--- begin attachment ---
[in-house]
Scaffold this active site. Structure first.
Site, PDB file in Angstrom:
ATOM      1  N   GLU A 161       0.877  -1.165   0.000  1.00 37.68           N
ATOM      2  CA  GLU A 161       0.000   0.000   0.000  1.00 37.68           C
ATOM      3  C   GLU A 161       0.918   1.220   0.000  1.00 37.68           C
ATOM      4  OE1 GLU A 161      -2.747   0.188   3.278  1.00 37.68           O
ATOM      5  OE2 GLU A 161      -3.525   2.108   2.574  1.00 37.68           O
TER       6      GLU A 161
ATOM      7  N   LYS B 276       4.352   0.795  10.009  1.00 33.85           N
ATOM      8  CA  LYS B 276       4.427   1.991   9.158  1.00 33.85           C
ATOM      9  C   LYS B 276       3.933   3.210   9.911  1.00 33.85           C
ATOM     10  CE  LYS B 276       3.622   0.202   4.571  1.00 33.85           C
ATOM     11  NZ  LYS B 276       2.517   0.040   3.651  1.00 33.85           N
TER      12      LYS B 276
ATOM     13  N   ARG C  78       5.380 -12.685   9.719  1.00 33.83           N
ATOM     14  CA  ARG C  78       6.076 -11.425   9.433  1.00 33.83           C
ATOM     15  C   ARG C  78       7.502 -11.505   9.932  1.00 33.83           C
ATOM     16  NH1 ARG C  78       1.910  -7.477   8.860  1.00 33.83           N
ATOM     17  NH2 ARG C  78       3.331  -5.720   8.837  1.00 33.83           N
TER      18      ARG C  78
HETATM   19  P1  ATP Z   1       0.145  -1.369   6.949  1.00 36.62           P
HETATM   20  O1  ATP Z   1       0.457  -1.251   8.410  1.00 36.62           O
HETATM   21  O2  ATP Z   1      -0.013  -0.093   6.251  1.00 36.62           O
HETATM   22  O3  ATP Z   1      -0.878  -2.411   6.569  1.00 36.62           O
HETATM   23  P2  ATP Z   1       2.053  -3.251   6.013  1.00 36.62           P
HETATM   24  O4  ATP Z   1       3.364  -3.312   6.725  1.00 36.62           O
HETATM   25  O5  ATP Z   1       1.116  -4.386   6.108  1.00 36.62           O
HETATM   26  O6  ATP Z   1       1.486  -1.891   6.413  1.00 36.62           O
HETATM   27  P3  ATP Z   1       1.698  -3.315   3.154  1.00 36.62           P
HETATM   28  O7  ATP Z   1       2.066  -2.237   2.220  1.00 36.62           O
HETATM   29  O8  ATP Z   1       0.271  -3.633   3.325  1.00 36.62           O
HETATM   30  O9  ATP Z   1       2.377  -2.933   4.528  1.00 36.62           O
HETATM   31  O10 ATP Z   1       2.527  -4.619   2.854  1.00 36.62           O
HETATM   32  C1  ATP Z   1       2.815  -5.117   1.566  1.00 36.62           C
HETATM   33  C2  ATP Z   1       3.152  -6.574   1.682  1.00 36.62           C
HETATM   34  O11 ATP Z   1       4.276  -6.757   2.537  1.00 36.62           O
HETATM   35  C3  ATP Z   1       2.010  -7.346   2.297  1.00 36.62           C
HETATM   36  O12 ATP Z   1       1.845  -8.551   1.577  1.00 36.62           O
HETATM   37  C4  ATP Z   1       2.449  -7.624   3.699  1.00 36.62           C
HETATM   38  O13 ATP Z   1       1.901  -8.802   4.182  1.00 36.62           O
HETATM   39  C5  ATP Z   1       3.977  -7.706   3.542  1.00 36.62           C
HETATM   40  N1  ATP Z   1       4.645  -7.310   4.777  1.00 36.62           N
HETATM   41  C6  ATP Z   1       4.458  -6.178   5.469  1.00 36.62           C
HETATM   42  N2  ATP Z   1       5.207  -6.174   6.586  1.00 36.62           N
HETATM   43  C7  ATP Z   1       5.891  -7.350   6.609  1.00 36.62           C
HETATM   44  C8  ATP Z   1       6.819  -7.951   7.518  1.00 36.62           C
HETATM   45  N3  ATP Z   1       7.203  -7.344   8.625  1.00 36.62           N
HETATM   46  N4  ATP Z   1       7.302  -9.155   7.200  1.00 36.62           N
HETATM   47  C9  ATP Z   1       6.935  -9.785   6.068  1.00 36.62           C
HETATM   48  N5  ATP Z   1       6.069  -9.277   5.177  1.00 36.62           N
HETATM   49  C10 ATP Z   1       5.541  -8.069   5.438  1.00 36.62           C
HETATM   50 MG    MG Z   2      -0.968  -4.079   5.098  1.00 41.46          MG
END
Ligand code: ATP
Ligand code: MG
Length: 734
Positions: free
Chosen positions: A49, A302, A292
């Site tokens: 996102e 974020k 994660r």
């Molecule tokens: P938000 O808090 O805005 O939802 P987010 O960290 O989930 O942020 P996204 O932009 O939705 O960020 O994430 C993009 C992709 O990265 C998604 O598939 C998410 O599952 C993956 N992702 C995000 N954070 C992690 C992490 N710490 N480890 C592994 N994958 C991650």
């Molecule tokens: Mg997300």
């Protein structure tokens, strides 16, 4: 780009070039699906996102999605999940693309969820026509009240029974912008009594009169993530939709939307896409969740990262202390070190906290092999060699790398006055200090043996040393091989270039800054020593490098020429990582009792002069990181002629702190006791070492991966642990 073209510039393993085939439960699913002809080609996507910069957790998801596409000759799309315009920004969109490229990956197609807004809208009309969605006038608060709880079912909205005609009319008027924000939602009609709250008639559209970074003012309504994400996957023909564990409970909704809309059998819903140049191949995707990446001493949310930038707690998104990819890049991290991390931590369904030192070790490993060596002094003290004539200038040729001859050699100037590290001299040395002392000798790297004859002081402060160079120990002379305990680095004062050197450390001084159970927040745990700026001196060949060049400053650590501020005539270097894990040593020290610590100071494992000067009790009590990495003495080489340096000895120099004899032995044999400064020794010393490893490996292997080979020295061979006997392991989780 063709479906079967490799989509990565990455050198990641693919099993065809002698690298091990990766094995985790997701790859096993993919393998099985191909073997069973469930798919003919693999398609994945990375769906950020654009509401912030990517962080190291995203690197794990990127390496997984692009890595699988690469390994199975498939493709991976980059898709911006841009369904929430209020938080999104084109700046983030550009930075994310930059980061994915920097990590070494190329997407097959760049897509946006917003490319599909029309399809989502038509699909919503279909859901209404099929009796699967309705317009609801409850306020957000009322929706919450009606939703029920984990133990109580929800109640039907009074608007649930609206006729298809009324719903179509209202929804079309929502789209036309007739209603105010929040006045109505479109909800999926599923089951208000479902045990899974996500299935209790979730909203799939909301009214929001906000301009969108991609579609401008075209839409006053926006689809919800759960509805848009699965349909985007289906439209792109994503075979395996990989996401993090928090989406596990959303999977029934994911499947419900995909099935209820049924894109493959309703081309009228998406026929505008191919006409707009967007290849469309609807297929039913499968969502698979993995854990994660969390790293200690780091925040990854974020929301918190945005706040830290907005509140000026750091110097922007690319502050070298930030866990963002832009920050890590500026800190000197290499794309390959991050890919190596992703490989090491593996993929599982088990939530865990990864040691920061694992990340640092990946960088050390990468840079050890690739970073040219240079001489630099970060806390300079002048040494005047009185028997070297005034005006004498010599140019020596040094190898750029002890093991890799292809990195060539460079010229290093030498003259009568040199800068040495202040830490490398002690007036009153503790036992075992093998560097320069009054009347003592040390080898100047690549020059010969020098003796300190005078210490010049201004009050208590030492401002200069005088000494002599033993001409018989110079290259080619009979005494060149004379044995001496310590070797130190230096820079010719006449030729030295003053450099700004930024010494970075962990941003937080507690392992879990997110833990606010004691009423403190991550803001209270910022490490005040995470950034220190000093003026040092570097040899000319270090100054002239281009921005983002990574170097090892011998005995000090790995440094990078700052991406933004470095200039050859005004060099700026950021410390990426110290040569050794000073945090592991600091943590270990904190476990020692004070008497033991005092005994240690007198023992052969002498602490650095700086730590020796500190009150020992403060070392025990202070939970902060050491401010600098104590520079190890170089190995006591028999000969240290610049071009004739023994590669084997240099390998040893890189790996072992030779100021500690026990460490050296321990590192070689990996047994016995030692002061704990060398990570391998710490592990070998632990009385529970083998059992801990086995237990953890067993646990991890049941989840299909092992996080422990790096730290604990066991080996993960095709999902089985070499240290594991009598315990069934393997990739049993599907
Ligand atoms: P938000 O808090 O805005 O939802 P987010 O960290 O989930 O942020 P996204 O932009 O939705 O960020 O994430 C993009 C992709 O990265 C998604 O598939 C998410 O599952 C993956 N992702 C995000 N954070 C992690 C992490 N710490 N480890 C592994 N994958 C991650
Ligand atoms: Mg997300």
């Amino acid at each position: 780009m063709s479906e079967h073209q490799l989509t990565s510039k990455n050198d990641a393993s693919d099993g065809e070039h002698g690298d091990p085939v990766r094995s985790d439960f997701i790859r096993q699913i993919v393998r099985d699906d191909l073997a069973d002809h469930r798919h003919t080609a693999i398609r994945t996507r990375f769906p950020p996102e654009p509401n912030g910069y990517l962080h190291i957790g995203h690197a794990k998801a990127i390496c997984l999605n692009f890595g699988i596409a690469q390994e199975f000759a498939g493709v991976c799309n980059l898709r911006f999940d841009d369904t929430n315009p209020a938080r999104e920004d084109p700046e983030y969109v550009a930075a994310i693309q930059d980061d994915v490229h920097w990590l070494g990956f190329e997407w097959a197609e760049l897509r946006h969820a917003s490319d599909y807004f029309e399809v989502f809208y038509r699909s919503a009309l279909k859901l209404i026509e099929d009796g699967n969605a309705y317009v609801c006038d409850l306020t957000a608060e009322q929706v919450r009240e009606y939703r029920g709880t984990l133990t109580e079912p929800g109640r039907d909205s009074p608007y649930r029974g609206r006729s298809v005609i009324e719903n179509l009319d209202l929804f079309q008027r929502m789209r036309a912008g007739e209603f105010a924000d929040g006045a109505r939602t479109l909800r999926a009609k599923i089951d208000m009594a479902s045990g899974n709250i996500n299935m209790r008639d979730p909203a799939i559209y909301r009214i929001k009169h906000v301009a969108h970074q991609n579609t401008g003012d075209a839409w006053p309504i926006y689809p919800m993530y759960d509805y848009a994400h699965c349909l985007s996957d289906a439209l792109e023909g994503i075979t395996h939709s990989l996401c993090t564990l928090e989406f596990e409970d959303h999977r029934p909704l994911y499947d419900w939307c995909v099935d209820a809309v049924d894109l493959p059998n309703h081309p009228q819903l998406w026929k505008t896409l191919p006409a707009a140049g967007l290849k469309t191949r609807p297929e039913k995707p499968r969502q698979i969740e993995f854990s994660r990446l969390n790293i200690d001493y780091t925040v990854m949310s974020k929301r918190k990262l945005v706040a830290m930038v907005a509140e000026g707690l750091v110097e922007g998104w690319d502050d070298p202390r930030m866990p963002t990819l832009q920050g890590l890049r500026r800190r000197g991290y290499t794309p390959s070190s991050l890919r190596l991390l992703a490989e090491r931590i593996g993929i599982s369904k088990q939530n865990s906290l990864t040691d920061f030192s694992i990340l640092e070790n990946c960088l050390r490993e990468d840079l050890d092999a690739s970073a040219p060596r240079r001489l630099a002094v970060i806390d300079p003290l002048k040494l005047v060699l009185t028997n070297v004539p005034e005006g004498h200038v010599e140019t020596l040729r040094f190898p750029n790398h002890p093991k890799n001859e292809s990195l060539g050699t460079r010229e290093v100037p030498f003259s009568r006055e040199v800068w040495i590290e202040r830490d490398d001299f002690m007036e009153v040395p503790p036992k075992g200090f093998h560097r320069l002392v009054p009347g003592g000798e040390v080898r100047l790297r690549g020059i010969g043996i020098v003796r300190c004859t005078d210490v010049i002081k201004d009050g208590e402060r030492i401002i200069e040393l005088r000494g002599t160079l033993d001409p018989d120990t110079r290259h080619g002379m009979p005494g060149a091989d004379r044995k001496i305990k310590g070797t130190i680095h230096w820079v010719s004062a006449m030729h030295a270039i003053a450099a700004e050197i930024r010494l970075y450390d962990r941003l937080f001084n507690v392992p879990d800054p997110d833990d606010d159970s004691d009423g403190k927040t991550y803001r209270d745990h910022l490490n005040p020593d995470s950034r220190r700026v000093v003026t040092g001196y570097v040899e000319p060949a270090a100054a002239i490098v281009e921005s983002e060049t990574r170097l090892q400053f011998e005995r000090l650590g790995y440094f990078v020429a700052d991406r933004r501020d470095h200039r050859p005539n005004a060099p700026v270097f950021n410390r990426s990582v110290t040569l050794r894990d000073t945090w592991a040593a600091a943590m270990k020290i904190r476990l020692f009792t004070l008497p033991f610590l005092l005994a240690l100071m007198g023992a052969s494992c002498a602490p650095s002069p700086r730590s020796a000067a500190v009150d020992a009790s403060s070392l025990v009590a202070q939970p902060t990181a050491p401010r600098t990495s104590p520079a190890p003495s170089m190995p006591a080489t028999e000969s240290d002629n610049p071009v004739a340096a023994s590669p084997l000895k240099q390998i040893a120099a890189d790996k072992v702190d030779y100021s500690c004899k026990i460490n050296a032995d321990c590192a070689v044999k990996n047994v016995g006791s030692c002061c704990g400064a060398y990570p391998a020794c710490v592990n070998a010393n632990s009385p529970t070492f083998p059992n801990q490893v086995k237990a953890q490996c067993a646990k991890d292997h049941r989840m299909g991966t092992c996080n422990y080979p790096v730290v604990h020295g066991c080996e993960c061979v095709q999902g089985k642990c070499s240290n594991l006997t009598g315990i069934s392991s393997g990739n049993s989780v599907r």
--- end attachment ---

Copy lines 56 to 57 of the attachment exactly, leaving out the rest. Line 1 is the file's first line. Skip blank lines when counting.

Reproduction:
Ligand code: MG
Length: 734